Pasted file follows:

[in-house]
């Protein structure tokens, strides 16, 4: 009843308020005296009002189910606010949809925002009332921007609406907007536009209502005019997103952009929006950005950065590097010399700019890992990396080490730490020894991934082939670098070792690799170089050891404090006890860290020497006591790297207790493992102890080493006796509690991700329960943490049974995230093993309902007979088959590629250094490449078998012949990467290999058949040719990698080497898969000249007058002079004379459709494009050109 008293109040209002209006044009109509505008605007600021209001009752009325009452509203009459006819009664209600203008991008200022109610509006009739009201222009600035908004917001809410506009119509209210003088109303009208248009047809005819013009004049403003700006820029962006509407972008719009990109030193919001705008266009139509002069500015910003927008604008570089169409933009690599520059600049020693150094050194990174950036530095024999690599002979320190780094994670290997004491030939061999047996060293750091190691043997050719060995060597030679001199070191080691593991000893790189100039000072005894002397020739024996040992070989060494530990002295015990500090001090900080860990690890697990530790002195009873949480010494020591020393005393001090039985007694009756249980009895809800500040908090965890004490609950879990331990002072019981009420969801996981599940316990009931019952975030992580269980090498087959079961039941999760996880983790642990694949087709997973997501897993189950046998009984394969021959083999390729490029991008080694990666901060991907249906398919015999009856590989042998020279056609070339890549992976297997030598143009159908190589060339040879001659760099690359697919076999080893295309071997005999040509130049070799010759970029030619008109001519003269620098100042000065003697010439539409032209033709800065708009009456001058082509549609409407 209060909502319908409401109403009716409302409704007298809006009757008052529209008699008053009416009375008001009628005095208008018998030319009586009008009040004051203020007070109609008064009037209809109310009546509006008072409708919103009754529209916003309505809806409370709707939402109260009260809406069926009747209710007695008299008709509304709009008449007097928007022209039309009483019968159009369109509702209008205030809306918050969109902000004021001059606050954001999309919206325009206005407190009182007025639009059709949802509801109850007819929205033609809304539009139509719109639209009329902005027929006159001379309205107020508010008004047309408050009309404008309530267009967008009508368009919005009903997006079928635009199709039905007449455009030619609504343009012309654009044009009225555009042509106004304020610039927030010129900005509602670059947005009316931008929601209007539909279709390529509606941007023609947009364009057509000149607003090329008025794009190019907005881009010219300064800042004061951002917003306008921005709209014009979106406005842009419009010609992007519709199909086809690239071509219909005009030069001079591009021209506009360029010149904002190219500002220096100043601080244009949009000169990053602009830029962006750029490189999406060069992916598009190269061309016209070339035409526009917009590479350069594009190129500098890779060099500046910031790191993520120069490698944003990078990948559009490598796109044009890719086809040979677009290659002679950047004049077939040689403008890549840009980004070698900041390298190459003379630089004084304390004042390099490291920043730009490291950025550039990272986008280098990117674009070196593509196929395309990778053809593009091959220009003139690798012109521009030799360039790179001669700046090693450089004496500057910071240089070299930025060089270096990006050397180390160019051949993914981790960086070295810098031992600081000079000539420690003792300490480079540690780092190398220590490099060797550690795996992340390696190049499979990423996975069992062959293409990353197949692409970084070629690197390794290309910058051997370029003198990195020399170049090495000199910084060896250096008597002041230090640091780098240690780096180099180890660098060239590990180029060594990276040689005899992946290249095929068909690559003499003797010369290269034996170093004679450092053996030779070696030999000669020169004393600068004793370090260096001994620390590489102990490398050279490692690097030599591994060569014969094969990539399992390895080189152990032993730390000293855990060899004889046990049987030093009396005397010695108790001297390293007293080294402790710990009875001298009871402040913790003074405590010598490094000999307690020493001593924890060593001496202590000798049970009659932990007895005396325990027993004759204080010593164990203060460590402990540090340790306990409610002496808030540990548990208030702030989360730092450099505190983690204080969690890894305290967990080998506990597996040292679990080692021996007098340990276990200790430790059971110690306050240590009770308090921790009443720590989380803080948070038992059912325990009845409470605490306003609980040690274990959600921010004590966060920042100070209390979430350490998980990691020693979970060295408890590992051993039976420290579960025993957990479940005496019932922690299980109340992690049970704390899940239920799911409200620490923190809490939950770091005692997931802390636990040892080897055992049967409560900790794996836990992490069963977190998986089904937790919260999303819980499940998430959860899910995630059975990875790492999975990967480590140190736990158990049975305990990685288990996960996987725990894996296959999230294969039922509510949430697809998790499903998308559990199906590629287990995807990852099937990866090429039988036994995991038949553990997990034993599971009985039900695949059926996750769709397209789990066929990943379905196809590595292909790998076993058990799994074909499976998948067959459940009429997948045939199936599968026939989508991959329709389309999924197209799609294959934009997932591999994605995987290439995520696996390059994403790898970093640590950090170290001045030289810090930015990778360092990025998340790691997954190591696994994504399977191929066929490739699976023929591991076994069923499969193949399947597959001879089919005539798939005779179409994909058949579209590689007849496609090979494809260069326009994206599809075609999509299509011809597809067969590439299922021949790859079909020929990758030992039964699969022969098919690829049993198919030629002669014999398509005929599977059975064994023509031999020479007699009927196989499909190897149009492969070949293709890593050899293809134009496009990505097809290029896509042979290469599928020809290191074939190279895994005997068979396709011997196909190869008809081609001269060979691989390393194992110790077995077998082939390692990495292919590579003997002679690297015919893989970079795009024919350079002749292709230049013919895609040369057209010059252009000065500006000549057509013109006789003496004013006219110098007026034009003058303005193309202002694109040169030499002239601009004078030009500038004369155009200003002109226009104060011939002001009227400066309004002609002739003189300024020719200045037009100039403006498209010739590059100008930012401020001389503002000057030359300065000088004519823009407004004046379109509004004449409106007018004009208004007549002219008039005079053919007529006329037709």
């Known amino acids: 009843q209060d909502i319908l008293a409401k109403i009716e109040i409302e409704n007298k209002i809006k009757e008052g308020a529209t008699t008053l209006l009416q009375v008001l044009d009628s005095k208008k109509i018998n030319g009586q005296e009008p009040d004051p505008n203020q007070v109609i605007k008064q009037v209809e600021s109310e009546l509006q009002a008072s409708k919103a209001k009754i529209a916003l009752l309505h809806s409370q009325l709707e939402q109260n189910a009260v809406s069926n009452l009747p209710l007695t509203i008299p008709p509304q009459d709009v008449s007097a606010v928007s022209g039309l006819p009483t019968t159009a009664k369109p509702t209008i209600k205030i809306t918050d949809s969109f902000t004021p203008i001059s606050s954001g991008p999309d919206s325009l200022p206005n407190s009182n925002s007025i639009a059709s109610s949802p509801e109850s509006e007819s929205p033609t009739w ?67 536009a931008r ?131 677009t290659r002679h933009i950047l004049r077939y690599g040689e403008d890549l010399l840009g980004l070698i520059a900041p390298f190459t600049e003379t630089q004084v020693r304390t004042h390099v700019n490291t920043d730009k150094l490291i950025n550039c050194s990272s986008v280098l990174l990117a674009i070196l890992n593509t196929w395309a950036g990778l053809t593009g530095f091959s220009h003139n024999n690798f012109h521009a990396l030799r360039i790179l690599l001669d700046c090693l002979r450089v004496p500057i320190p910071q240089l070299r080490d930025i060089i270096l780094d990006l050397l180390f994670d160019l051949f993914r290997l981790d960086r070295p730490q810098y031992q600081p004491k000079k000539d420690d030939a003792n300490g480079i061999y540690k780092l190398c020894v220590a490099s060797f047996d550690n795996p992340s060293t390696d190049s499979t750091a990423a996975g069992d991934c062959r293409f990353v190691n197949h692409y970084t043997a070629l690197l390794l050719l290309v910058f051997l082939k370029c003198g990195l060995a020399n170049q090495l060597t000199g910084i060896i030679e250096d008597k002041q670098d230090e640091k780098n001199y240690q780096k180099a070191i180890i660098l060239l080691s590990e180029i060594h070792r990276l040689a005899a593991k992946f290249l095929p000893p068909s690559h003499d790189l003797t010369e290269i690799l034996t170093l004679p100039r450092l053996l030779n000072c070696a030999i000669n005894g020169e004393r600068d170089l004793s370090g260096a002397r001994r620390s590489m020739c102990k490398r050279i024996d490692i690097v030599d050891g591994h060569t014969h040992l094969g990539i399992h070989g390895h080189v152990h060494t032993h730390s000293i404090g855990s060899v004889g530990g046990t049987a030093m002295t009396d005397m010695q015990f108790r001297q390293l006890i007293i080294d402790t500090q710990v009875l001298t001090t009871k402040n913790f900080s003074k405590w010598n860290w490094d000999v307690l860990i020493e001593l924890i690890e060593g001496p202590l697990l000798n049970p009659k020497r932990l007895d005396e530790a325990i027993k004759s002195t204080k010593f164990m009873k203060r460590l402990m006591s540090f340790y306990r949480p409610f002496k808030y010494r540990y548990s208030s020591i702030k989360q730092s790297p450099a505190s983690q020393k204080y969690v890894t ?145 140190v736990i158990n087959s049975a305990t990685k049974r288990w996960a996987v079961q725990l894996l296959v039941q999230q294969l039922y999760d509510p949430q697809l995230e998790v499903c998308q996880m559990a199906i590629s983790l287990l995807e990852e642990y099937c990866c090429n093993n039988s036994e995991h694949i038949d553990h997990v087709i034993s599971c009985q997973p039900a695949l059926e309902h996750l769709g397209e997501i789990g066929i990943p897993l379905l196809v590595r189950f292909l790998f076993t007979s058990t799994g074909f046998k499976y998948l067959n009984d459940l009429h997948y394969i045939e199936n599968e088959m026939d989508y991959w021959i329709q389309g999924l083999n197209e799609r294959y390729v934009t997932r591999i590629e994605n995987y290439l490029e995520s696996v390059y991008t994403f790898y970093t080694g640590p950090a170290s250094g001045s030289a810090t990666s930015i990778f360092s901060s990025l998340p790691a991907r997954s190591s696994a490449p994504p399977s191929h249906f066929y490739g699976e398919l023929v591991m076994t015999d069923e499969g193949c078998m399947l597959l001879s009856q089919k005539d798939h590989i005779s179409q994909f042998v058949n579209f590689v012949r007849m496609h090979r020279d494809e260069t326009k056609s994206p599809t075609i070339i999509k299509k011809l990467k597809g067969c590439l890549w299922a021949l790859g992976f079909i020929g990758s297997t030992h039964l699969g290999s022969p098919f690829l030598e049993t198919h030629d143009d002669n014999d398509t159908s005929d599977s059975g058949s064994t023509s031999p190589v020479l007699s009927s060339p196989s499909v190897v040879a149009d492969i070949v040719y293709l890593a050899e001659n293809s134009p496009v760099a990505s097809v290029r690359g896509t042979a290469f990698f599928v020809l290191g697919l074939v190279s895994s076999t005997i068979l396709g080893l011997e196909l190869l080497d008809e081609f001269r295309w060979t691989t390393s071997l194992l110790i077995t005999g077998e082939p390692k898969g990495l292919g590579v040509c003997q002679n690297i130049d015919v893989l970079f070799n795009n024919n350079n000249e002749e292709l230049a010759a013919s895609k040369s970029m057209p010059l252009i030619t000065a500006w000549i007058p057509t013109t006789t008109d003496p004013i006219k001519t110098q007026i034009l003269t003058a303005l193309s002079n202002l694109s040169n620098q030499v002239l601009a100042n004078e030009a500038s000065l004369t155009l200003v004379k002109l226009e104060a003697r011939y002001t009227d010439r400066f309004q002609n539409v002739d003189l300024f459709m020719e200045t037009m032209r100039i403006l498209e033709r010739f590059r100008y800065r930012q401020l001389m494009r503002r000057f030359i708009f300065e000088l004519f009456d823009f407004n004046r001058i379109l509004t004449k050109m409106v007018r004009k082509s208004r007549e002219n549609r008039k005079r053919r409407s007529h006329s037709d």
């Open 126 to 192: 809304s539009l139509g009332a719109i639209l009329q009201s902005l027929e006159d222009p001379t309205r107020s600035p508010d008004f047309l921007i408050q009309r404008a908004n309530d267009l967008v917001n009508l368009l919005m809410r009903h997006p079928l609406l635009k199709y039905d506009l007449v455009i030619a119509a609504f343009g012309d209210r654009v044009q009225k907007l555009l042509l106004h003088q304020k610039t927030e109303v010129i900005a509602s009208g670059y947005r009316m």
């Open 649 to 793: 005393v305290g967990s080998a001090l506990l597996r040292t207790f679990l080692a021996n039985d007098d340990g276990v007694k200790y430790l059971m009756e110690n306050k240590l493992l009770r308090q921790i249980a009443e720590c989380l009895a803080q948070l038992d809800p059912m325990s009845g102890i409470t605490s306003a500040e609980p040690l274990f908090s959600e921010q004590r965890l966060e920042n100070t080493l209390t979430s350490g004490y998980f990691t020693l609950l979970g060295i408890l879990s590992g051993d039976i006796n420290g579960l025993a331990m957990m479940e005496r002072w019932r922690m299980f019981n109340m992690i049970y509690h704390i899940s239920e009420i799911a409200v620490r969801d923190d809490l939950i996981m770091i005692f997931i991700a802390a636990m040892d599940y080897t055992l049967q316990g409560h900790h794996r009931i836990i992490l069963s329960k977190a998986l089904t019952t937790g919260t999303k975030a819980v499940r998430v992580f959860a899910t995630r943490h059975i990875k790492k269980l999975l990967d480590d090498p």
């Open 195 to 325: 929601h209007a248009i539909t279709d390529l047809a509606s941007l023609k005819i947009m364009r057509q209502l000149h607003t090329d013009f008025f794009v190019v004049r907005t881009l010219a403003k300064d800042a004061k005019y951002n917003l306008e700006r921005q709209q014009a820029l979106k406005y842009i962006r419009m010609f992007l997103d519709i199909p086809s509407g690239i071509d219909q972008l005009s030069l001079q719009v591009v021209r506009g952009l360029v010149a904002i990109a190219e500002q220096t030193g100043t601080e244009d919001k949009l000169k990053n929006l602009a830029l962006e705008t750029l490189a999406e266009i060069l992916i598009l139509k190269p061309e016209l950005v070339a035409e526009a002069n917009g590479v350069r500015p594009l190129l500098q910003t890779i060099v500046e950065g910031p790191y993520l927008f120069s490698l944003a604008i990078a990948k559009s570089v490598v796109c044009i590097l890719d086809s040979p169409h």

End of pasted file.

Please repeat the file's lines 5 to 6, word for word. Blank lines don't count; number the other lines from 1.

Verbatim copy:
């Open 649 to 793: 005393v305290g967990s080998a001090l506990l597996r040292t207790f679990l080692a021996n039985d007098d340990g276990v007694k200790y430790l059971m009756e110690n306050k240590l493992l009770r308090q921790i249980a009443e720590c989380l009895a803080q948070l038992d809800p059912m325990s009845g102890i409470t605490s306003a500040e609980p040690l274990f908090s959600e921010q004590r965890l966060e920042n100070t080493l209390t979430s350490g004490y998980f990691t020693l609950l979970g060295i408890l879990s590992g051993d039976i006796n420290g579960l025993a331990m957990m479940e005496r002072w019932r922690m299980f019981n109340m992690i049970y509690h704390i899940s239920e009420i799911a409200v620490r969801d923190d809490l939950i996981m770091i005692f997931i991700a802390a636990m040892d599940y080897t055992l049967q316990g409560h900790h794996r009931i836990i992490l069963s329960k977190a998986l089904t019952t937790g919260t999303k975030a819980v499940r998430v992580f959860a899910t995630r943490h059975i990875k790492k269980l999975l990967d480590d090498p």
């Open 195 to 325: 929601h209007a248009i539909t279709d390529l047809a509606s941007l023609k005819i947009m364009r057509q209502l000149h607003t090329d013009f008025f794009v190019v004049r907005t881009l010219a403003k300064d800042a004061k005019y951002n917003l306008e700006r921005q709209q014009a820029l979106k406005y842009i962006r419009m010609f992007l997103d519709i199909p086809s509407g690239i071509d219909q972008l005009s030069l001079q719009v591009v021209r506009g952009l360029v010149a904002i990109a190219e500002q220096t030193g100043t601080e244009d919001k949009l000169k990053n929006l602009a830029l962006e705008t750029l490189a999406e266009i060069l992916i598009l139509k190269p061309e016209l950005v070339a035409e526009a002069n917009g590479v350069r500015p594009l190129l500098q910003t890779i060099v500046e950065g910031p790191y993520l927008f120069s490698l944003a604008i990078a990948k559009s570089v490598v796109c044009i590097l890719d086809s040979p169409h």